Here's What You're Buying Into If You Get That Taylor Swift Snake Ring

In an extremely subtle move, Taylor Swift is now selling a snake ring in correlation with the release of "Look What You Made Me Do," her new single. It's true that merch can take some weird turns now and then (looking at you, Biebs), but few examples come to mind of a pop star turning a common criticism of themselves into an entire album... and then turning that into a $60 accessory. But if there's anyone who can mold a valid, widely agreed upon critique of themselves into a money-making part of their brand, it's Taylor Swift. Frankly, it's as scary as it is genius. But that doesn't mean I have to like it.

The key thing to remember here is that the "snake" criticism of Swift isn't without merit or evidence. This isn't Swift being clever and turning empty name-calling into something playful. This isn't a feminist moment of her reclaiming a word once used to tear her down, although some may argue that.

From her questionable, never-ending feuds, to her radio silence about the election, to being caught in a lie when it came to Kanye West's "Famous" and never acknowledging it, Taylor Swift's public missteps in recent years have been notable. But more remarkable than any of these mistakes (she is only human, after all) is her silence in response to all of it. Every wrong move is met with... nothing at all.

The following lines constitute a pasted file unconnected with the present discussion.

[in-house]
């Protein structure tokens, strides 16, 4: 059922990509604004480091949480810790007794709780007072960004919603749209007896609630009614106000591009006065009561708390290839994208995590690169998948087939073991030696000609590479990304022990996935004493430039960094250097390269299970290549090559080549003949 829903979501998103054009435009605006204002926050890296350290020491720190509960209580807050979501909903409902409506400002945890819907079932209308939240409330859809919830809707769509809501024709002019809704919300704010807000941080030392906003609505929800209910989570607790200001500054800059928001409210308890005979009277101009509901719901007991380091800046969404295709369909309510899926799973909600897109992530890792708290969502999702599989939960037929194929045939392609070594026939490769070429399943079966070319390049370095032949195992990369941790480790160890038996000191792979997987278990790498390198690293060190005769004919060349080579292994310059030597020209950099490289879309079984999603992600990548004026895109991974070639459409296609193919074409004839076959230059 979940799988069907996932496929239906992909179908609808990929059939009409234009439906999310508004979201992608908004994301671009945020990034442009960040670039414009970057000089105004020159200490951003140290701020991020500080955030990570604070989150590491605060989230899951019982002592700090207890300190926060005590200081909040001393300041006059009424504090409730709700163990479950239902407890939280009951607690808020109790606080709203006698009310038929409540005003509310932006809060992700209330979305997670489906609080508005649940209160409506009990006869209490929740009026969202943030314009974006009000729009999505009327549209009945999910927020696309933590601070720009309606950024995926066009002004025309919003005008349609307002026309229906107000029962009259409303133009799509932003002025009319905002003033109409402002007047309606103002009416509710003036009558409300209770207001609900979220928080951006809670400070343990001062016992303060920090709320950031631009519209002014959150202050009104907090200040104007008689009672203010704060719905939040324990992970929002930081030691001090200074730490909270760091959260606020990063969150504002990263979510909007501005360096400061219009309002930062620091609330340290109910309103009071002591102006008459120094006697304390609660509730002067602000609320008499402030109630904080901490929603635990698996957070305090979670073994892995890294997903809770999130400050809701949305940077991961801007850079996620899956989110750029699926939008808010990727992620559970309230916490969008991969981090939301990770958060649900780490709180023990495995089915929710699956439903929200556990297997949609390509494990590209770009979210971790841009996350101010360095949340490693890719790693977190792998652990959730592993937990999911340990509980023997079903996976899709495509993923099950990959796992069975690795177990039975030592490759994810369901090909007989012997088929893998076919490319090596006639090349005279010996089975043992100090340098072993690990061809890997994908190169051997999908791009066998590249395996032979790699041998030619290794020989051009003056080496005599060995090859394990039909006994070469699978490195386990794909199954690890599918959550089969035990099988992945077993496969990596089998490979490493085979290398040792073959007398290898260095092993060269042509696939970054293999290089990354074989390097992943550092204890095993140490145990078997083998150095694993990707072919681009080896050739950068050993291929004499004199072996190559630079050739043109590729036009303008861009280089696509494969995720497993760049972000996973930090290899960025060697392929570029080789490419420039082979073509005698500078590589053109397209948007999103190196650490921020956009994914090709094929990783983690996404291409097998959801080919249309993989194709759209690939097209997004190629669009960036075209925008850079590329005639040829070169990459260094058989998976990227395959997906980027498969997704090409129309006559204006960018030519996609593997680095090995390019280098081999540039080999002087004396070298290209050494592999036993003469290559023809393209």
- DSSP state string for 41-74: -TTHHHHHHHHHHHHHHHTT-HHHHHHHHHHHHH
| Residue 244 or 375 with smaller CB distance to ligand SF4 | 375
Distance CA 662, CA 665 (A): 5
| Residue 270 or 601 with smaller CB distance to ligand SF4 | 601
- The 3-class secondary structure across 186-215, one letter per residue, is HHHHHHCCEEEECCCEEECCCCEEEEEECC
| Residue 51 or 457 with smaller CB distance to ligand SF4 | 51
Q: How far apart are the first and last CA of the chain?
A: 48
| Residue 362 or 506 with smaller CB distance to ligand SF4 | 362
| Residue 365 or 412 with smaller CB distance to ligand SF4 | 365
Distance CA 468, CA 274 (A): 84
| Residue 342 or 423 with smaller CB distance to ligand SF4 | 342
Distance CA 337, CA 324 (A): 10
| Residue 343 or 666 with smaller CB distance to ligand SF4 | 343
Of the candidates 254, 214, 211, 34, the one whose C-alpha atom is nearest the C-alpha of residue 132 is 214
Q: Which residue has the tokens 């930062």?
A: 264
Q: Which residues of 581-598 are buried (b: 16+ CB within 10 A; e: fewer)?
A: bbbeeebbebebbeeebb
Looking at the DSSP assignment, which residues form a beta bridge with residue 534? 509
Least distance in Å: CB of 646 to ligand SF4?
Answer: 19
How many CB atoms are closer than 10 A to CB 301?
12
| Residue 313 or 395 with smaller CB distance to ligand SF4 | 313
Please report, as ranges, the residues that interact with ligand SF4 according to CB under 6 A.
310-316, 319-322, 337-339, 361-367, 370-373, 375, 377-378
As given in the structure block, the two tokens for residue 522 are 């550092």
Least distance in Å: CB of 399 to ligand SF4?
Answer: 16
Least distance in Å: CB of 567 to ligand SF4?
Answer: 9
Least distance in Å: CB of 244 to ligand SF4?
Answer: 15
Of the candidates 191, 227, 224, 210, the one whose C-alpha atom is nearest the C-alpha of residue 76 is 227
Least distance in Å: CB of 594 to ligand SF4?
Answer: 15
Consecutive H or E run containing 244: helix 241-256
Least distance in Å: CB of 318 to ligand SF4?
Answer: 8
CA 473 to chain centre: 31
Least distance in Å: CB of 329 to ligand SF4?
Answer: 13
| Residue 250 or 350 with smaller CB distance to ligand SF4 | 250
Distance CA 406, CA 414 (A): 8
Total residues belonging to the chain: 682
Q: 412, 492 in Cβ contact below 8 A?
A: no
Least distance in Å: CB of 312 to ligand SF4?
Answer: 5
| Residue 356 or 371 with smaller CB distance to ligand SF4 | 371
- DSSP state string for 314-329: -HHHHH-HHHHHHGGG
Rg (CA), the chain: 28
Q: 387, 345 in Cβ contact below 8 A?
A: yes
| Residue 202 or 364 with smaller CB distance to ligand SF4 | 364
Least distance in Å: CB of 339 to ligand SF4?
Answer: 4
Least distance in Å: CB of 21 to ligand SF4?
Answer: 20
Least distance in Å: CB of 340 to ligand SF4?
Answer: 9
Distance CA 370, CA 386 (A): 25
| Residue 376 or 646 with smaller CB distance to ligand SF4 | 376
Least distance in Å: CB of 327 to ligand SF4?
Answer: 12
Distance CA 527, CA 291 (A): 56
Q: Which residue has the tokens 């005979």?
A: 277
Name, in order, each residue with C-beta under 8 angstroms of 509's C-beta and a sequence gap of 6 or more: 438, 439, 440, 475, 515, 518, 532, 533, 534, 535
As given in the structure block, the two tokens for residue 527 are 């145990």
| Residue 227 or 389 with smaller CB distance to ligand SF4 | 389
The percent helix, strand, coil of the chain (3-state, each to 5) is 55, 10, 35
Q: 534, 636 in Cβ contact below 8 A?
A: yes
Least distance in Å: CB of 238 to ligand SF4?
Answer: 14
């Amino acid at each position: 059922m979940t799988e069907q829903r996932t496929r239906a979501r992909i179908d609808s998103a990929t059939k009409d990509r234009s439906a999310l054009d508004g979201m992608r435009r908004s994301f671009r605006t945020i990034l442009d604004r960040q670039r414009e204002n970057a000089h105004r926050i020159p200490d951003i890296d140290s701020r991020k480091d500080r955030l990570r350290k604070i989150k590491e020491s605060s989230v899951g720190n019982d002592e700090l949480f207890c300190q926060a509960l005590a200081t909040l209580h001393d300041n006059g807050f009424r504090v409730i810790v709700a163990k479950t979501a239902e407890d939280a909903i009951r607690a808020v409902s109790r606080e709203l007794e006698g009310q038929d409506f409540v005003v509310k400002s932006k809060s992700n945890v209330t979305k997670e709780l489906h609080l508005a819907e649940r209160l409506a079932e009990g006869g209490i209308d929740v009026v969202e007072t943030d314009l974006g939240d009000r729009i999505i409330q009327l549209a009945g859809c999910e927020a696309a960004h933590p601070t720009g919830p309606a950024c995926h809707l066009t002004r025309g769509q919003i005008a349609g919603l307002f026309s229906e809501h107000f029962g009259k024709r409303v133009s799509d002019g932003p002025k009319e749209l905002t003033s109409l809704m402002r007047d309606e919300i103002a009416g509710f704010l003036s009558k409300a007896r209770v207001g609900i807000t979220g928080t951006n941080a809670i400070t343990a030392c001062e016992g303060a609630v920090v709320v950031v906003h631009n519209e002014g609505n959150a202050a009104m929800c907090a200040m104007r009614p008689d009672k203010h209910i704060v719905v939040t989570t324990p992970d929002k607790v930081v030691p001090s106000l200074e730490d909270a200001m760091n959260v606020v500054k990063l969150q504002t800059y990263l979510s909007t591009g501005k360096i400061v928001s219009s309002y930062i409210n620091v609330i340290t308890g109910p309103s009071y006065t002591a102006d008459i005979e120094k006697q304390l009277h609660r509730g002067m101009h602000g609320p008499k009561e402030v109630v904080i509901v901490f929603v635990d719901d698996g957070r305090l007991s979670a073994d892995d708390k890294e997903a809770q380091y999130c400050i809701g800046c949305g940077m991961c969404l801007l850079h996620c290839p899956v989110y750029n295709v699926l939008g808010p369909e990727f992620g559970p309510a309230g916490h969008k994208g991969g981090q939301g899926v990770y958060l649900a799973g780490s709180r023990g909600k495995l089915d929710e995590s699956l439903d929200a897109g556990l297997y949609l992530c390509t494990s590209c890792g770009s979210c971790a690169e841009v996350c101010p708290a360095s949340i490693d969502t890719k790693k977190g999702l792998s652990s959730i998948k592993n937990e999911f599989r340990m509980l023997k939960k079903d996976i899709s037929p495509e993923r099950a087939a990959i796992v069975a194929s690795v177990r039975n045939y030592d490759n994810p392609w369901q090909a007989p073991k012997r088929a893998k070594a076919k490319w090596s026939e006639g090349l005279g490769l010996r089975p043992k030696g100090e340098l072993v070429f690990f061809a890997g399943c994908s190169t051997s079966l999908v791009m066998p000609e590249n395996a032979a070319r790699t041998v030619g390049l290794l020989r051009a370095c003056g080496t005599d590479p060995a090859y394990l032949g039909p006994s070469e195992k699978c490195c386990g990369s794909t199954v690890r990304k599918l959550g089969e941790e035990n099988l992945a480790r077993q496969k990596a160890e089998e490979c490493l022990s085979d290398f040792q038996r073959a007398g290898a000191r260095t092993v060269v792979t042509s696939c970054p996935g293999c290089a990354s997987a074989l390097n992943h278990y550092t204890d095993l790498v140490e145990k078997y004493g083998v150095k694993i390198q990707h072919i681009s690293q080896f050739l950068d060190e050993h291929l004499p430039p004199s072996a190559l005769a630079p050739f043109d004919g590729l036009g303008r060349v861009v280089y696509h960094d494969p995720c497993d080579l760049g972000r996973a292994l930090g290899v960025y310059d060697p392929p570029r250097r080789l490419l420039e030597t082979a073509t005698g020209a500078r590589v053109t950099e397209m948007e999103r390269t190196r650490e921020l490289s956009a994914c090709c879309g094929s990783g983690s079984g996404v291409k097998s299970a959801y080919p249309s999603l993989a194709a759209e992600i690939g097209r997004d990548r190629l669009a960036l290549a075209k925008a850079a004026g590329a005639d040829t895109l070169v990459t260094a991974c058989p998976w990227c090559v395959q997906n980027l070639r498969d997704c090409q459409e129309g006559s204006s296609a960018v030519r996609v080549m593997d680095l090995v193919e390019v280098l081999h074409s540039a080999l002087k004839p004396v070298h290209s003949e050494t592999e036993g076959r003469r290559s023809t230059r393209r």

While I've never been a die-hard fan of Swift, I have genuinely enjoyed her music for years, and I find it difficult to imagine that anyone could deny that she is remarkably talented. But it's flat-out infuriating to watch someone with one of the most powerful celebrity platforms in the world waste it in such a brutal way. With "Look What You Made Me Do," these snake rings, and the Reputation merch as a whole, Swift is now not only wasting it, but manipulating it.

Gold Snake Ring, $60,

The snake rings in particular are a perfect example of Swift spending a lot of time concocting a brand-building opportunity to be defensive rather than a chance to admit wrongs, but they also leave me wondering: Who the hell are they making these rings for, exactly? Reminiscent of that thing you almost bought in Claire's in 2004 before your parents laughed in your face and let you buy an Auntie Anne's pretzel instead, the snake ring is... a very particular type of merch. It's not a hoodie, or a T-shirt with an image of Taylor on the front. It is a full-on glam piece of statement jewelry.

The ring is described on the site as: "adjustable, made of 8g silver, 300 zircon crystals, plated with 24kt gold, and a light dusting of pettiness." OK, yes, I added the last part. My point is that the ring is absurd for Taylor Swift merch. It's pretty safe to assume that the only person Taylor had in mind when she OK'd the ring is Taylor. And, yes, fans will buy the ring, and the ring will sell out. But it has nothing to do with the appeal of the ring itself, and everything to do with promoting and selling a Taylor Swift-approved version of using every misstep as a chance to place the blame on everyone — anyone — else. And I'm not here for it.